6 Prechal, S., Equality of Treatment, Non-Discrimination and Social Policy: Achievements in Three Themes, Common Market Law Review, Vol. 41, No. 2, 2004, pp. 533–551.
7 Opinion of Advocate General Kokott, delivered on 18 May 2004. Nicole Wippel v Peek &
Cloppenburg GmbH & Co. KG.
of the pros and cons of such an arrangement, and of whether these pros and cons were actually in accordance with his or her interests.
The concept of misuse of this type of employment contract was connected to the need for a counterweight to the unequal positions of the employer and the employee. Misuse or abuse occurs, according to the AG, for example if the employer systematically refuses to offer work to one employee, against the will of the employee and for no objective reasons.
If this argumentation is read with the idea of individual autonomy as a part of law’s deep structure in mind, it offers a far more constructive approach than the argumentation of the European Union Court of Justice. According to such a reading, different conditions for part-time and full-time employees could be said to be ‘suspect’ whenever they are not in accordance with the genuine will of the employee, or if the bargaining positions of the parties are too strongly unequal. When the prohibitions on discrimination of part-time and fixed-term workers are understood as a result of the conflict between the subordination of the employee, on one hand, and the deep structure of law on the other hand, this appears as a given interpretation.
Understanding Family Law
The contemporary notion of how a researcher works, at least to some extent, is that of an individual participating in a research team. However, the research team may be construed in many different ways, depending on the uniting factor for the group. In the Norma Research Programme, the unifying factor is the theory of law as normative patterns in a normative field, in interaction with a functional approach to the law. Thus, a social science approach to the law is shared by the researchers. Many of us have also worked with e.g. a comparative approach to the law, which is a quite natural development when using normative patterns to understand the complexity of the legislation and how it originates from society. The multi-disciplinary legal science framework that is a part of the research done within the Norma Research Programme constituted a basis for the program, even when the group was originally formed back in 1996.
During both my time as a doctoral candidate and as a senior researcher, I have been part of this research group. Already in my doctoral thesis on division and joint dwelling,1
1 Ryrstedt, E., Bodelning och Bostad; Ekonomisk självständighet eller gemenskap, Juristförlaget, Lund 1998.
I worked with the theory of normative patterns – as I will describe in the next section. Always having willing colleagues to engage in discussion has also played an important role in my development as a researcher. The fact that the members of the research program work with
different areas in the law, but are united by their approach to the law, has broadened my legal vision.
In addition, I have also established extensive and long-term international contacts during the last ten years, which have led to co-authoring of papers, ongoing discussions with colleagues abroad, participation in international conferences, and different types of research collaboration – such as in the project ‘The nexus of law and biology for emerging technologies’, which was funded by the Australian Research Council (Linkage-International). I have also published papers in several international journals. As part of this research collaboration, I have also visited or held research seminars in many universities. An obvious interest in this context is the EU perspective; in terms of national family law, this primarily means a focus on harmonisation.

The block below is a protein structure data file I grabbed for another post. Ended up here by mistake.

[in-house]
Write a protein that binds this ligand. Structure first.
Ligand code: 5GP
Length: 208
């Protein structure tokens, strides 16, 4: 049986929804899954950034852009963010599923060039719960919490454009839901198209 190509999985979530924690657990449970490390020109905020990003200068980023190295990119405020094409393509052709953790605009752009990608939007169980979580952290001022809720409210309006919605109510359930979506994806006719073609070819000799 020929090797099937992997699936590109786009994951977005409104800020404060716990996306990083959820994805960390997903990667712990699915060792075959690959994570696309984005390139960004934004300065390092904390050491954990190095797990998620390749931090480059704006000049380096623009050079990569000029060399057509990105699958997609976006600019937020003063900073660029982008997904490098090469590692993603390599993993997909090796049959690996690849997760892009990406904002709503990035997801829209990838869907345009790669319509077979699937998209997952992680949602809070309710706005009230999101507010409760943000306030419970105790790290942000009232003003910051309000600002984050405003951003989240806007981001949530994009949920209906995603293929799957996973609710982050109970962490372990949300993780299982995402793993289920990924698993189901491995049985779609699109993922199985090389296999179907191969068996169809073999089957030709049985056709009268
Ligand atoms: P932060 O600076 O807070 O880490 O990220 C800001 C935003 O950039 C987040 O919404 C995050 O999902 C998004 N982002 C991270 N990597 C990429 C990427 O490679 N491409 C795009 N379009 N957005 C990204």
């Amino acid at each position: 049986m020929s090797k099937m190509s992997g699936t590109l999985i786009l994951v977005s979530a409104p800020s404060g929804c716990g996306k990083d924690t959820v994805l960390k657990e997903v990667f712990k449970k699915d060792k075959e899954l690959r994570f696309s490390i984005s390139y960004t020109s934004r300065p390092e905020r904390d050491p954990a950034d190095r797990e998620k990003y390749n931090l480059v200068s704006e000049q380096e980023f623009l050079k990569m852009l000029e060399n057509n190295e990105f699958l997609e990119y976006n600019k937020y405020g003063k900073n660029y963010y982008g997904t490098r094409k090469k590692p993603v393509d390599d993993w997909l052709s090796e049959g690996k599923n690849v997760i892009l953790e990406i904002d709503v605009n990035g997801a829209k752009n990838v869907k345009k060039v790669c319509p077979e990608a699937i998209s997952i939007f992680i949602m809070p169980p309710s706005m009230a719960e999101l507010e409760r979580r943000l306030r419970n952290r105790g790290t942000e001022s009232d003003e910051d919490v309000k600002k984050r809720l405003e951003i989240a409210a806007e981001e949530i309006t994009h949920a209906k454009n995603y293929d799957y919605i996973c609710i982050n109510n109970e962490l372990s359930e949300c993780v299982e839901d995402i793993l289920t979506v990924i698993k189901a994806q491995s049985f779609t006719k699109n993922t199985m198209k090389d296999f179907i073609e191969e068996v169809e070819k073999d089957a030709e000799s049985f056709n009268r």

The Commission on European Family Law (CEFL) has worked for several years with issues regarding harmonisation and has drafted principles in two different books.2 However, it can be argued that far-reaching attempts to harmonise may be detrimental, owing to different religious views and an obvious difference in the conception of family and responsibility in families, but also because of economic differences among European countries.3
For my part, the social science approach has led to an interest in finding ways other than more traditional legal ones, to solve different research issues.
I have often started out with the legal-dogmatic method, but also, sometimes implicitly, worked with e.g. the theory of normative patterns.
Many of the issues I have worked with have also required empirical studies and a multi-disciplinary legal science approach. Some issues in family law are strongly influenced by economic considerations, often in the form of access to different benefits. Thus there is a strong connection between family law and social law. My international involvement has also led to an interest
2 Boele-Woelki, K., Ferrand F., Gonzáles Beilfuss, C., Jänterä-Jareborg, M., Lowe, N., Martiny D., Pintens W., Principles of European Family Law, Regarding Divorce and Maintenance Between Former Spouses, Antwerpen-Oxford, 2004 and Principles of European Family Law, Regarding Parental Responsibilities, Antwerpen-Oxford 2007.
3 See Ryrstedt, E., Anmälan av: Boele-Woelki, Katharina, Ferrand Frédérique, Gonzáles Beilfuss, Cristina, Jänterä-Jareborg, Maarit, Lowe, Nigel, Martiny Dieter, Pintens Walter, Principles of European Family Law, Regarding Divorce and Maintenance Between Former Spouses, Antwerpen-Oxford, 2004, 170 s., and Principles of European Family Law, regarding Parental Responsibility, 331 s., to be published in Juridisk Tidskrift.
in how other countries have solved corresponding legal problems. The comparative perspective has made a thorough analysis possible, especially regarding how legislation on family law functions, but also as regards alternative solutions.